Monday we linked readers to an opinion piece in The New York Times by former Yale professor and literary critic William Deresiewicz. Deresiewicz’s essay and our post led with the claim that 10 percent of Wall Street employees are clinical psychopaths. It looks like that claim is unsubstantiated.
Dr. John Grohol, editor-in-chief of Psych Central, contacted Dr. Robert Hare, the renowned psychologist responsible for much of our current understanding of psychopathy. Hare is the man to whom the trail for the 1-in-10 figure supposedly led. He said his study, which looked at a sample of “corporate professionals” that was not representative of Wall Street, did not produce the figure.
Hare did indeed co-author a paper that examined “corporate psychopathy,” with colleagues Paul Babiak and Craig Neumann (2010). It did not look at the financial services industry specifically. The research used a sample that consisted of 203 corporate professionals from 7 different companies, selected by their companies to participate in management development programs from all areas of industry.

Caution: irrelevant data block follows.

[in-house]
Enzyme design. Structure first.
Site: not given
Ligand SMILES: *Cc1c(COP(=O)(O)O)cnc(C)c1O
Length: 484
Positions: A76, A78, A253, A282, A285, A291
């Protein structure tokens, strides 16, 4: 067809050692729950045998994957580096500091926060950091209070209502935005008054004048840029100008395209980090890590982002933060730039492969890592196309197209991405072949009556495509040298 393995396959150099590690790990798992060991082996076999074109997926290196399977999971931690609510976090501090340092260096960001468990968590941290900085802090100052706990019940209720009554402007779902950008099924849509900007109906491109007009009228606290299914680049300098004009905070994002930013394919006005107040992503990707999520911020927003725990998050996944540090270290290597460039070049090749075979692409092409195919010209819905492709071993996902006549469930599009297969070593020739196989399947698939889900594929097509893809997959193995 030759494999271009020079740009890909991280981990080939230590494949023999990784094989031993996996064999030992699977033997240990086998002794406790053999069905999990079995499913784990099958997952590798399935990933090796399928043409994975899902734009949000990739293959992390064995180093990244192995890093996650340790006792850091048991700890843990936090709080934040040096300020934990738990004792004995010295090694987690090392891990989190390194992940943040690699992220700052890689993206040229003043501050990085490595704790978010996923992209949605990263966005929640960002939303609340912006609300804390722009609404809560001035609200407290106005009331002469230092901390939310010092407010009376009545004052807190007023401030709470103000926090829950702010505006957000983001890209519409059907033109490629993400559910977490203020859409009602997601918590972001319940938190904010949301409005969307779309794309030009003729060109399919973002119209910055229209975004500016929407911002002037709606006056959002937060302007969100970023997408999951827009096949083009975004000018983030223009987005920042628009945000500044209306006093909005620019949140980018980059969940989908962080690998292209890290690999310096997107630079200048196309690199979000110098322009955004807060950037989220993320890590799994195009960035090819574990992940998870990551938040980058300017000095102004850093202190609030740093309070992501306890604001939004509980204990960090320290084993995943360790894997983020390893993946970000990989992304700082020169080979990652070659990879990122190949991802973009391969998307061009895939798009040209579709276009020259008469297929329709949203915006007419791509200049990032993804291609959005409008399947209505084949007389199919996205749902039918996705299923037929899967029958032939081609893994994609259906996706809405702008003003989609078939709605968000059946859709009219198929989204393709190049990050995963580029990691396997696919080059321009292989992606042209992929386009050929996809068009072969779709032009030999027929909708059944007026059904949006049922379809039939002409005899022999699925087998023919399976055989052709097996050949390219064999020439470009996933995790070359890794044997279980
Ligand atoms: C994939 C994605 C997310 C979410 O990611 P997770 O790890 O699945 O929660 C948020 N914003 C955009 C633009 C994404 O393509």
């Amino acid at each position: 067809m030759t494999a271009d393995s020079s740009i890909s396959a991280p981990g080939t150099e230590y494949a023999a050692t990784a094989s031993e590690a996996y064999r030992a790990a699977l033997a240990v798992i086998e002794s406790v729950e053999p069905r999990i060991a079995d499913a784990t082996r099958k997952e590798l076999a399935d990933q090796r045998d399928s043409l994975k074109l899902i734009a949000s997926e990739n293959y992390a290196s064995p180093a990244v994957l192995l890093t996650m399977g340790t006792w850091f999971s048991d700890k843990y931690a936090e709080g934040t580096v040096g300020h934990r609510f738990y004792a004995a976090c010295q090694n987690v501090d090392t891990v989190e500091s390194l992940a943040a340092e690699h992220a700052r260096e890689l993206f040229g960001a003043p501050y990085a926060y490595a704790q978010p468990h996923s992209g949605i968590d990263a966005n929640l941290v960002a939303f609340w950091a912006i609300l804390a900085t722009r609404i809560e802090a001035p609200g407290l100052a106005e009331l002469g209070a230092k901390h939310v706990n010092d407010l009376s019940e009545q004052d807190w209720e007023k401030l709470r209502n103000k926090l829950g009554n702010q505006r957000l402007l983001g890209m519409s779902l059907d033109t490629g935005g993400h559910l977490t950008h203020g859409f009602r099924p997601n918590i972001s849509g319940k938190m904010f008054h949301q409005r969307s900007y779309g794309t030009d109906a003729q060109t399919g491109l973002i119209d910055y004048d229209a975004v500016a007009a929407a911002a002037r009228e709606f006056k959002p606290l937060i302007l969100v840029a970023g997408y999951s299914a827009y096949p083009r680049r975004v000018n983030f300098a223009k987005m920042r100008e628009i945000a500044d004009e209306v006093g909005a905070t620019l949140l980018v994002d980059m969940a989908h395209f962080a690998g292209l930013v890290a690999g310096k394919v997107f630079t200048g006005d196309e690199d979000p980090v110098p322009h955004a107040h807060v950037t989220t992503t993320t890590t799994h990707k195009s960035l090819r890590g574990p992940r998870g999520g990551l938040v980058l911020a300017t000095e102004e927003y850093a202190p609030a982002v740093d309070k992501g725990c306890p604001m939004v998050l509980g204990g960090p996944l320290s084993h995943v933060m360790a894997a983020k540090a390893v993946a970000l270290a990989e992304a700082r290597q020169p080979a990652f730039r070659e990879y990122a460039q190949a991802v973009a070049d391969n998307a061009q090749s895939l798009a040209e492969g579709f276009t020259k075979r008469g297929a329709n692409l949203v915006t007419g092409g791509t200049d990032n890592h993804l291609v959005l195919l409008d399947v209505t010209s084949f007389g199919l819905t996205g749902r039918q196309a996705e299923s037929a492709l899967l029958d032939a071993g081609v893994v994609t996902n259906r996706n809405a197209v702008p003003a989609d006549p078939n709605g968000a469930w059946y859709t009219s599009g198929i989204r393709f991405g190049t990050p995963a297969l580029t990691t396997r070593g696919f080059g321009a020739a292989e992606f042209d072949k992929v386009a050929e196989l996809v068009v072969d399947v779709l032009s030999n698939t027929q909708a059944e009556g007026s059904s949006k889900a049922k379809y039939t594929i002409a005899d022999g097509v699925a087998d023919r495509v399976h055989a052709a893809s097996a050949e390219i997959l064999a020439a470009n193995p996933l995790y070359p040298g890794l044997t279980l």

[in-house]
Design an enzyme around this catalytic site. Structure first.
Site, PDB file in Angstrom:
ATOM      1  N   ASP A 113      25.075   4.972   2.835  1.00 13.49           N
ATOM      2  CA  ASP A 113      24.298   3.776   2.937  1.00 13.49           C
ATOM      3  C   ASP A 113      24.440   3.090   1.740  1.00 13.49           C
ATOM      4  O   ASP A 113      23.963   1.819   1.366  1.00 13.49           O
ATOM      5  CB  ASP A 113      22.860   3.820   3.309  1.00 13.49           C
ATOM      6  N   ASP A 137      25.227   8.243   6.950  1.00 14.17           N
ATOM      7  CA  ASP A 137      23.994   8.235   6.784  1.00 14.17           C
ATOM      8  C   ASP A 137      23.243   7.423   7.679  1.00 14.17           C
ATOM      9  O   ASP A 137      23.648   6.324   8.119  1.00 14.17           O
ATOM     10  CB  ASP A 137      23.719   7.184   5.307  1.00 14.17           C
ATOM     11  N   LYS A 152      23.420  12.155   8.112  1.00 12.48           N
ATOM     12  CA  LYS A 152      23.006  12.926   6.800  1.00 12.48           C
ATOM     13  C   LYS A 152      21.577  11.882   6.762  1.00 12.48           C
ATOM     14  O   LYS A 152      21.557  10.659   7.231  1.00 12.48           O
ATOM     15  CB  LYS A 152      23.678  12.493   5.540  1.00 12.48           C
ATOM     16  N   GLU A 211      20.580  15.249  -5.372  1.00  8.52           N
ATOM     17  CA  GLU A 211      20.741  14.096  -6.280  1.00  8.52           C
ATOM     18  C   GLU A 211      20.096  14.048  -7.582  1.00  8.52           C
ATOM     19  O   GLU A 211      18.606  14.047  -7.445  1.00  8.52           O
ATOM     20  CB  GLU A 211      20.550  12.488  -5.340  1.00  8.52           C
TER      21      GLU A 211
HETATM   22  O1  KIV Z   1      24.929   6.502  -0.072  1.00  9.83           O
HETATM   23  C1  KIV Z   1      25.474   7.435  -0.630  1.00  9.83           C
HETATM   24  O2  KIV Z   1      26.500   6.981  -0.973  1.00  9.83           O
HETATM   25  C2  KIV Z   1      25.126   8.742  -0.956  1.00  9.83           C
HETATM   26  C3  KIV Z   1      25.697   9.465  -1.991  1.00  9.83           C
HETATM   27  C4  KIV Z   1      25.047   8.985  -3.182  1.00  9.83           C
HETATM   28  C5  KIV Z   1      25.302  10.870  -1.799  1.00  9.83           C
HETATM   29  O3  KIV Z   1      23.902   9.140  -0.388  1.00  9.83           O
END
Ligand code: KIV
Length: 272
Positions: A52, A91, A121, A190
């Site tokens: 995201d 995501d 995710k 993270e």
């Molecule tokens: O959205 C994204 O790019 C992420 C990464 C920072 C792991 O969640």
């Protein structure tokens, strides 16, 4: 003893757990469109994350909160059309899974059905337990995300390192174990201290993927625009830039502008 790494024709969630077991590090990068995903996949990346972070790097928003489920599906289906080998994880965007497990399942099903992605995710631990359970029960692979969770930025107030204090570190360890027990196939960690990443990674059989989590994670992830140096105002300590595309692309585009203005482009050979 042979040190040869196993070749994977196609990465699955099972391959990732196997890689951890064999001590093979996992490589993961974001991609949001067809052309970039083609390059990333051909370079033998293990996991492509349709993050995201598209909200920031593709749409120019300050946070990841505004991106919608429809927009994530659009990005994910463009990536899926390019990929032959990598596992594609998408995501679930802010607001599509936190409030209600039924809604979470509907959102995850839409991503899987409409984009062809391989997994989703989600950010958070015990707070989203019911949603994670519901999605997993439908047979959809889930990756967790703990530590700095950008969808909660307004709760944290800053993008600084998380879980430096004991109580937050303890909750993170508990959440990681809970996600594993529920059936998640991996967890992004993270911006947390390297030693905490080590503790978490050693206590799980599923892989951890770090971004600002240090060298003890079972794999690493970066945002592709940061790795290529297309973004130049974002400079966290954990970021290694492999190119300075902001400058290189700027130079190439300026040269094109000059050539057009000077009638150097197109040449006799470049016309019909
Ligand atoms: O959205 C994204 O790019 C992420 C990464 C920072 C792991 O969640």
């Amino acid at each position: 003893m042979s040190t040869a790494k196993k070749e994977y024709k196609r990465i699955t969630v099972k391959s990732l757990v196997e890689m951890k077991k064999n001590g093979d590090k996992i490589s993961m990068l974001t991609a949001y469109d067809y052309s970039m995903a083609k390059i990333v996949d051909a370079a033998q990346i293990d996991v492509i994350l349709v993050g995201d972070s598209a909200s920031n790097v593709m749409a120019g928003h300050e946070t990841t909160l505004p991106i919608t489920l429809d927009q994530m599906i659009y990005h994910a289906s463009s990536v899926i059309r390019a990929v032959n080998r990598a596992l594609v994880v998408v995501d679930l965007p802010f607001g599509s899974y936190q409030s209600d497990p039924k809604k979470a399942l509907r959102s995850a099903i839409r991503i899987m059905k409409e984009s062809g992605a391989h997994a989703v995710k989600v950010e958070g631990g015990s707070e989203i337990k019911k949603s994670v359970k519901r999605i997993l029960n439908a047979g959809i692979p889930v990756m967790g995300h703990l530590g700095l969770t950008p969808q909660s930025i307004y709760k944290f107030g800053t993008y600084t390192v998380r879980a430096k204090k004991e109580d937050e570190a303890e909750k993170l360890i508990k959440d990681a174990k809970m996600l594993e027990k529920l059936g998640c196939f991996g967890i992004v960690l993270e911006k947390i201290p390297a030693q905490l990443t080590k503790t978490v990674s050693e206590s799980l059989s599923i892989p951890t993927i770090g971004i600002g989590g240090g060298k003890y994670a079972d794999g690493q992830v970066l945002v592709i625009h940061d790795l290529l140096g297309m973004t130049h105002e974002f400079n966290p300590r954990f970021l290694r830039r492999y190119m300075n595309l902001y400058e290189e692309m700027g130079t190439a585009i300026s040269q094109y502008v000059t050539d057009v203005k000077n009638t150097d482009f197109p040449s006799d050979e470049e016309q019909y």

I did what any journalist writing about a famous researcher should do before saying he said something that seems a little “out there” — I contacted Hare to ask him about this data. Here’s his response to the claim that 1 in 10 (10 percent) of financial industry employees is a “psychopath:”
I don’t know who threw out the 10% but it certainly it [sic] did not come from me or my colleagues.
The article to which you refer describes a sample of “203 corporate professionals selected by their companies to participate in management development programs.” The sample was not randomly selected or necessarily representative of managers or executives, or of the corporations in which they work.
The approximately 4% who had a PCL-R score high enough for a research description as psychopathic cannot be be [sic] generalized to the larger population of managers and executives, or to CEOs and the “financial services industry.”